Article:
Adjudicative Options

Arbitration. A process in which each party in a dispute and their attorney present their position before a neutral third party, who makes a decision. The process is often less formal that a trial in court, and it is highly tailored to fit the particular issues involved. Furthermore, if the parties agree in advance, the award is binding and is enforceable in the same manner as any contractual obligation. If the parties do not stipulate that the award is binding, the award is advisory and a request for trial de novo (trial in the Minnesota District Court) may be made by any party. Ms. Manrique is a qualified Arbitrator under Rule 114 of the Minnesota General Rules of Practice for the District Courts. Most participants interested in arbitration retain her for a binding process or the Hybrid ADR process of Mediation/Arbitration.

Consensual Special Magistrate. A process in which a dispute is presented to a neutral third party in the same manner as a civil lawsuit is presented to a judge. This process is binding and includes the right of appeal to the Minnesota Court of Appeals. A Consensual Special Magistrate serves by appointment of the Minnesota District Court to fulfill all the case management and adjudicatory functions of the judge of record. The judge of record will counter-sign the decision of the CSM, but will not change the decision. In other words, cases resolved by Consensual Special Magistrate have all the procedural protections of a trial in district court, but the process is conducted in the privacy of the office of the CSM and on a schedule tailored to meet the time preferences of the parties and counsel.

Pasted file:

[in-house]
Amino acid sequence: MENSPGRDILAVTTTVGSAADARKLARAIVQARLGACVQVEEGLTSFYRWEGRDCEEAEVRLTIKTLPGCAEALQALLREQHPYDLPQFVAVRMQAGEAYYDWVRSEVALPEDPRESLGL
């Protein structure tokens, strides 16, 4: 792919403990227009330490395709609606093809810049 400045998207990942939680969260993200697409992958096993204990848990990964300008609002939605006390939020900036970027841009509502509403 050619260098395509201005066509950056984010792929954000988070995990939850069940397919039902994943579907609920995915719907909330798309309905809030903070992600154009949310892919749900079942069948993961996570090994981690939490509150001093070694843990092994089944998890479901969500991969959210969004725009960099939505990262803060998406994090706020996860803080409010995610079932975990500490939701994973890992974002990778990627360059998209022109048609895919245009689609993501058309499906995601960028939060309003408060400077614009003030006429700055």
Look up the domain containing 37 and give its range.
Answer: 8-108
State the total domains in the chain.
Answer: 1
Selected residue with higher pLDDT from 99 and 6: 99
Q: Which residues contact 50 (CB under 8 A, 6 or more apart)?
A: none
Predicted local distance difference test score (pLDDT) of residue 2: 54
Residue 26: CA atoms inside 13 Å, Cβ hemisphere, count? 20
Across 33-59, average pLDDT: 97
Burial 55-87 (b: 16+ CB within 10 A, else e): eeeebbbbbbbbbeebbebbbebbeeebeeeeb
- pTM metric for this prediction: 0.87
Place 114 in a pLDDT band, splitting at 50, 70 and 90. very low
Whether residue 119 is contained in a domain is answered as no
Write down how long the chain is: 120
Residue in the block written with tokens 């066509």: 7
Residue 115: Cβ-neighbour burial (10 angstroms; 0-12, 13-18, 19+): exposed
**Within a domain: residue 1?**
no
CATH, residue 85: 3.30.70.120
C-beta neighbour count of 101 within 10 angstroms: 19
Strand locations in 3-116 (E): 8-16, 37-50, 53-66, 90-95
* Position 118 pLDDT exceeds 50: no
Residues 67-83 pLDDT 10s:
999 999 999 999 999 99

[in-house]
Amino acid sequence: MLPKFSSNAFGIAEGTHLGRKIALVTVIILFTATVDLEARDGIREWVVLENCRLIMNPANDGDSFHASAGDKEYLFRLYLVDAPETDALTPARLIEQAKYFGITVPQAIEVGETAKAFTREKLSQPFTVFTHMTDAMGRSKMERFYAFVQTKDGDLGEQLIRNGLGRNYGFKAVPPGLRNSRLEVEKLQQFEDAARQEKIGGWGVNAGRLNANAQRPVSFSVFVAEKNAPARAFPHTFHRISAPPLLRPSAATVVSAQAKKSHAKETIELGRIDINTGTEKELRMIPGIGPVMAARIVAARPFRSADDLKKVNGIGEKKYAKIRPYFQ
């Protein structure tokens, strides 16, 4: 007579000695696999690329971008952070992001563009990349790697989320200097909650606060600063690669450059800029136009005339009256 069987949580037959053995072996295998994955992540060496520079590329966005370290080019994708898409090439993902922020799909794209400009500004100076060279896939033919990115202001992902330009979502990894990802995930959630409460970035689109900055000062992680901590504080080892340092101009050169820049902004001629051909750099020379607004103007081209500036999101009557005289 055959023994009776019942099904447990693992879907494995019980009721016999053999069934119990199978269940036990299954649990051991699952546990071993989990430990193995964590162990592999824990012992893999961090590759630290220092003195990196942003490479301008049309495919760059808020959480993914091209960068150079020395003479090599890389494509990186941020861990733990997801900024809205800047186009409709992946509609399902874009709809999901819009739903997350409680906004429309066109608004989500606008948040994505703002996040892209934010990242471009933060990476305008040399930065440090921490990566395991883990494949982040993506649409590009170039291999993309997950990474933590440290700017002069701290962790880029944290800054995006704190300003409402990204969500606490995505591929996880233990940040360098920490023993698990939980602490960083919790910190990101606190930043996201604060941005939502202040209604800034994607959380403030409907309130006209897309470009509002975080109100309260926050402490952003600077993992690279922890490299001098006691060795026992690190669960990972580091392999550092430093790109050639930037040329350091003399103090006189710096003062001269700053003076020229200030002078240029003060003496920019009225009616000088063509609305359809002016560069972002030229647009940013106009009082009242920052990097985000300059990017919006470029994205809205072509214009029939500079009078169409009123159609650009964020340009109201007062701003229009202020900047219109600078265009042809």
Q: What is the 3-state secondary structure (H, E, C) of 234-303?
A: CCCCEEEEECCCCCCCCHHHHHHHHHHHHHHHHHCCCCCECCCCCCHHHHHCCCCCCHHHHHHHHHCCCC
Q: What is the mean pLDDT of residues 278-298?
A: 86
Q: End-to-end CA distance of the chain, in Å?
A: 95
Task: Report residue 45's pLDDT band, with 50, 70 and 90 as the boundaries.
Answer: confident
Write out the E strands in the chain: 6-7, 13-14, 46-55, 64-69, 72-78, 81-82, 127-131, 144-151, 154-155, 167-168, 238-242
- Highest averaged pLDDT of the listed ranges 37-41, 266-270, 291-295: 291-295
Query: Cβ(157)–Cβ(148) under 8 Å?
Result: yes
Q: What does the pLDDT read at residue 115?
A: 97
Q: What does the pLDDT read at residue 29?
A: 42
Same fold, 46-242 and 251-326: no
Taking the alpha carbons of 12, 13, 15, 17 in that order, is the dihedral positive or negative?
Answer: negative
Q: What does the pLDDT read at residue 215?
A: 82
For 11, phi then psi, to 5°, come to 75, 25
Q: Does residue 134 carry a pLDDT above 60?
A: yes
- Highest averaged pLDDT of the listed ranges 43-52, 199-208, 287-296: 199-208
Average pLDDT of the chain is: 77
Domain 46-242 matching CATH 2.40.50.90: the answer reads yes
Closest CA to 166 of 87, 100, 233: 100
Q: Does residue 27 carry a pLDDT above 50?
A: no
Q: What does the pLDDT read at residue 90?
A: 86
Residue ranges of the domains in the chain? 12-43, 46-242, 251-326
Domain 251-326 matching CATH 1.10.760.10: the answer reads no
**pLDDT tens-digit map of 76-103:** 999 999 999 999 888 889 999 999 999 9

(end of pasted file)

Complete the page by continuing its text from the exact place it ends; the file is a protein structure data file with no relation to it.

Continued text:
The CSM process is ideal when cases involve very complex legal issues, extensive marital estate portfolios, sensitive matters pertaining to children, or high-profile participants. The parties and counsel commit at the outset to keep the case out of the court system. It also is true that detailed discovery of more information usually is crucial before it will be possible to resolve the case. The pre-trial work often requires careful case management by the CSM as the parties seek, for example, access to proprietary business information, asset valuation work by experts, depositions of necessary but reluctant witnesses, or information located in foreign jurisdictions. In regard to children, the complexities may be due to mental health issues, death or absence of a parent, high-risk behaviors, or chemical use and attendant criminal and juvenile court proceedings.

In these types of cases, Ms. Manrique’s experience from her years as a judge can ensure that a thoughtful, detailed, and efficient case management plan is devised. After the plan is implemented, many cases resolve without the need for a full trial because the disclosure of pertinent information yields a mutually acceptable outcome. Even when that does not occur, the parties often stipulate to a number of issues and thereby narrow the scope of what actually must be submitted for trial. Ms. Manrique’s experience on the court ensures that the trial will adhere to the rules of procedure and evidence, that an adequate record will be made, and that the final written decision will include detailed findings of fact, conclusions of law and orders.

Moderated Settlement Conference. A process in which each party and their attorneys present their positions before a panel of neutral third parties. The panel may issue a non-binding advisory opinion. The process also may be managed by one neutral, rather than a panel. Ms. Manrique generally is retained to conduct the process solely. This process often is effective when cases are on the eve of trial, as a last resort option to pursue settlement. The use of this process in family law cases is expanding. As Presiding Judge of the Family Court in the Fourth Judicial District, Ms. Manrique worked closely with the American Academy of Matrimonial Lawyers to implement a pilot project to bring this process to courts around the State.